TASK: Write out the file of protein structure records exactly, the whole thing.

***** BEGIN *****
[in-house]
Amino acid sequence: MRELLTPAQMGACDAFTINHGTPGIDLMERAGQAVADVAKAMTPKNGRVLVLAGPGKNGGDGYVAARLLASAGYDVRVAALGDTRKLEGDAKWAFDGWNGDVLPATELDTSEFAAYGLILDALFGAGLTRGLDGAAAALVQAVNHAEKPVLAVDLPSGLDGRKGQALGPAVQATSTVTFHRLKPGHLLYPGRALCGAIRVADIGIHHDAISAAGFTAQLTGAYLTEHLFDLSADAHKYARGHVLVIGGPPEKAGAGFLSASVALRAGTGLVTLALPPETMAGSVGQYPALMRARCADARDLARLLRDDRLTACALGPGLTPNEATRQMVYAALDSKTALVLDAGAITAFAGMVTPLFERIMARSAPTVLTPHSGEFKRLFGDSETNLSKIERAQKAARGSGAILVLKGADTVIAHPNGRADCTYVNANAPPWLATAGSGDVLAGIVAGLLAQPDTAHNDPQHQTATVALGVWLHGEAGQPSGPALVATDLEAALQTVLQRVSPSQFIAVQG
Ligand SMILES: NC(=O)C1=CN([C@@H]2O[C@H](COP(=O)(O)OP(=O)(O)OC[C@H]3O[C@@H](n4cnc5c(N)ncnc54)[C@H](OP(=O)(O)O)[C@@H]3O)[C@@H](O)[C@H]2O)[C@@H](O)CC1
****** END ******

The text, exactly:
[in-house]
Amino acid sequence: MRELLTPAQMGACDAFTINHGTPGIDLMERAGQAVADVAKAMTPKNGRVLVLAGPGKNGGDGYVAARLLASAGYDVRVAALGDTRKLEGDAKWAFDGWNGDVLPATELDTSEFAAYGLILDALFGAGLTRGLDGAAAALVQAVNHAEKPVLAVDLPSGLDGRKGQALGPAVQATSTVTFHRLKPGHLLYPGRALCGAIRVADIGIHHDAISAAGFTAQLTGAYLTEHLFDLSADAHKYARGHVLVIGGPPEKAGAGFLSASVALRAGTGLVTLALPPETMAGSVGQYPALMRARCADARDLARLLRDDRLTACALGPGLTPNEATRQMVYAALDSKTALVLDAGAITAFAGMVTPLFERIMARSAPTVLTPHSGEFKRLFGDSETNLSKIERAQKAARGSGAILVLKGADTVIAHPNGRADCTYVNANAPPWLATAGSGDVLAGIVAGLLAQPDTAHNDPQHQTATVALGVWLHGEAGQPSGPALVATDLEAALQTVLQRVSPSQFIAVQG
Ligand SMILES: NC(=O)C1=CN([C@@H]2O[C@H](COP(=O)(O)OP(=O)(O)OC[C@H]3O[C@@H](n4cnc5c(N)ncnc54)[C@H](OP(=O)(O)O)[C@@H]3O)[C@@H](O)[C@H]2O)[C@@H](O)CC1